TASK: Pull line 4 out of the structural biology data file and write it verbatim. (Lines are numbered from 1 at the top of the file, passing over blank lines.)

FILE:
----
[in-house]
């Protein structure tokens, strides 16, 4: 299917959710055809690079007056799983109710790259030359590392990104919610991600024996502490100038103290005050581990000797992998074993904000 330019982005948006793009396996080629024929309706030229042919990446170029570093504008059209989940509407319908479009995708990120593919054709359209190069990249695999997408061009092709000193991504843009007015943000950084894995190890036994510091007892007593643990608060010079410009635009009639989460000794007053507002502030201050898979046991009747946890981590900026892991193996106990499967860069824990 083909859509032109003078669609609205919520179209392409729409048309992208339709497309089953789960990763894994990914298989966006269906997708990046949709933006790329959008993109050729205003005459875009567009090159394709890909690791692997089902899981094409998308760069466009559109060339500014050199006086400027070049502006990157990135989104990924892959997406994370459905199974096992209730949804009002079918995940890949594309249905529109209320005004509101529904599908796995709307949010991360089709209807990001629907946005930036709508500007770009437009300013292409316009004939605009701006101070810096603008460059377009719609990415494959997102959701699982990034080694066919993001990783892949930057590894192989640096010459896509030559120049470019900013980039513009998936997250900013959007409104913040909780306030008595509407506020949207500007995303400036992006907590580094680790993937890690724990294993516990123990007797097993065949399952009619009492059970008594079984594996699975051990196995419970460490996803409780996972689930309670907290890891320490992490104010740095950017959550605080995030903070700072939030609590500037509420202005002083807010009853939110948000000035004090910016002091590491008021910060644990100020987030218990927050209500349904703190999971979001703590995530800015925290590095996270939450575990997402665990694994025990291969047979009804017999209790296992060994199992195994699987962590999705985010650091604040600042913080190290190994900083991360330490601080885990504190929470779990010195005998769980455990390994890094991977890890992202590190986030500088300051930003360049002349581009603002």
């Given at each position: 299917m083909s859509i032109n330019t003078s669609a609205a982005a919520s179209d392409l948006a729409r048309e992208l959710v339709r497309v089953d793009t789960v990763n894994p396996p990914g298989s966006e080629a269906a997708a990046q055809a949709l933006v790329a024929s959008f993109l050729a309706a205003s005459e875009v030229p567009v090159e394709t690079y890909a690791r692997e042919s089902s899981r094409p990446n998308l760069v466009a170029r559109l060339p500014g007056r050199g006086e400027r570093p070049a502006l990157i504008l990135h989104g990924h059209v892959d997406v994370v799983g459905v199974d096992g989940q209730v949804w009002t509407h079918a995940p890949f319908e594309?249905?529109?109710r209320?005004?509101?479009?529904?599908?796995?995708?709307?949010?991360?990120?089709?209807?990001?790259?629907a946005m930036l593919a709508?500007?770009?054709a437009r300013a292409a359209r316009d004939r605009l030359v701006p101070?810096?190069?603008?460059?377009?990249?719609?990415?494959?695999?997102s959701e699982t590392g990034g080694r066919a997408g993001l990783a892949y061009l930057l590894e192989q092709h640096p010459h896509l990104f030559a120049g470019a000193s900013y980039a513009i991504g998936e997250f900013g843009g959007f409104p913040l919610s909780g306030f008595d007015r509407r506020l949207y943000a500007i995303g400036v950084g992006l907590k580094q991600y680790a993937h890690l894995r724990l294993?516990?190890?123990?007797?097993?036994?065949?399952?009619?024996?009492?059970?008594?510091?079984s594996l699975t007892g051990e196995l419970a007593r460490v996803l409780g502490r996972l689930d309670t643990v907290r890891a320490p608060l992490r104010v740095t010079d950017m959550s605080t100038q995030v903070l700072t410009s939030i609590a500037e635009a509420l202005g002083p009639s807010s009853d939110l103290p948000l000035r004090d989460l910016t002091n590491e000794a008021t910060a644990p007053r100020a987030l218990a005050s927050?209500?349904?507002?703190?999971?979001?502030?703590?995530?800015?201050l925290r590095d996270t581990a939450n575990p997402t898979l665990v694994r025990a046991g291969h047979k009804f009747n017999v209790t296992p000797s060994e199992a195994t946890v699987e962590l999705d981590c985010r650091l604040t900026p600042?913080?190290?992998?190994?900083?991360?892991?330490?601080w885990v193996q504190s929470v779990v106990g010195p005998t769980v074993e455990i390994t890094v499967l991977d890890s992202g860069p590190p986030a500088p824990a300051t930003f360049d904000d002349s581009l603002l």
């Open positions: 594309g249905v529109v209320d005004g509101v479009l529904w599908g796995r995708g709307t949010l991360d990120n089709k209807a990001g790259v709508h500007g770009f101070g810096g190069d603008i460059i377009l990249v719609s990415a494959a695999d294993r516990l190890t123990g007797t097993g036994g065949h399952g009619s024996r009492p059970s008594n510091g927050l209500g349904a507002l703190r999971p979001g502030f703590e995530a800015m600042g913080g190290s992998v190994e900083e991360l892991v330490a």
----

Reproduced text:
């Open positions: 594309g249905v529109v209320d005004g509101v479009l529904w599908g796995r995708g709307t949010l991360d990120n089709k209807a990001g790259v709508h500007g770009f101070g810096g190069d603008i460059i377009l990249v719609s990415a494959a695999d294993r516990l190890t123990g007797t097993g036994g065949h399952g009619s024996r009492p059970s008594n510091g927050l209500g349904a507002l703190r999971p979001g502030f703590e995530a800015m600042g913080g190290s992998v190994e900083e991360l892991v330490a």